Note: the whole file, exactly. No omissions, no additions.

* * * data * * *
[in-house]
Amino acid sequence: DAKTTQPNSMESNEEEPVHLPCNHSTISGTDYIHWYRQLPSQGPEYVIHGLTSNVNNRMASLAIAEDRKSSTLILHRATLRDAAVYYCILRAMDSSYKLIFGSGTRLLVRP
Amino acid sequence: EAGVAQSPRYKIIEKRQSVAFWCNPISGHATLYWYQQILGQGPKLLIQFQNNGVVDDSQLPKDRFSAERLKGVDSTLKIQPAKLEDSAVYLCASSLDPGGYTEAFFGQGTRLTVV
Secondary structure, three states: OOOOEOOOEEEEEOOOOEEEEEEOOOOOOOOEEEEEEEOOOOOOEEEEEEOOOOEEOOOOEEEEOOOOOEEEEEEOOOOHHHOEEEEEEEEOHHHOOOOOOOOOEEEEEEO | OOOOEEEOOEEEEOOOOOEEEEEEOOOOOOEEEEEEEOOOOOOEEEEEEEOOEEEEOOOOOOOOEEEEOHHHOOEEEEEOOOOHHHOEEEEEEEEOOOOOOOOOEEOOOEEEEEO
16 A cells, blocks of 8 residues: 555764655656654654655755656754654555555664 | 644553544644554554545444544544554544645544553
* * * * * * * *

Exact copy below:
[in-house]
Amino acid sequence: DAKTTQPNSMESNEEEPVHLPCNHSTISGTDYIHWYRQLPSQGPEYVIHGLTSNVNNRMASLAIAEDRKSSTLILHRATLRDAAVYYCILRAMDSSYKLIFGSGTRLLVRP
Amino acid sequence: EAGVAQSPRYKIIEKRQSVAFWCNPISGHATLYWYQQILGQGPKLLIQFQNNGVVDDSQLPKDRFSAERLKGVDSTLKIQPAKLEDSAVYLCASSLDPGGYTEAFFGQGTRLTVV
Secondary structure, three states: OOOOEOOOEEEEEOOOOEEEEEEOOOOOOOOEEEEEEEOOOOOOEEEEEEOOOOEEOOOOEEEEOOOOOEEEEEEOOOOHHHOEEEEEEEEOHHHOOOOOOOOOEEEEEEO | OOOOEEEOOEEEEOOOOOEEEEEEOOOOOOEEEEEEEOOOOOOEEEEEEEOOEEEEOOOOOOOOEEEEOHHHOOEEEEEOOOOHHHOEEEEEEEEOOOOOOOOOEEOOOEEEEEO
16 A cells, blocks of 8 residues: 555764655656654654655755656754654555555664 | 644553544644554554545444544544554544645544553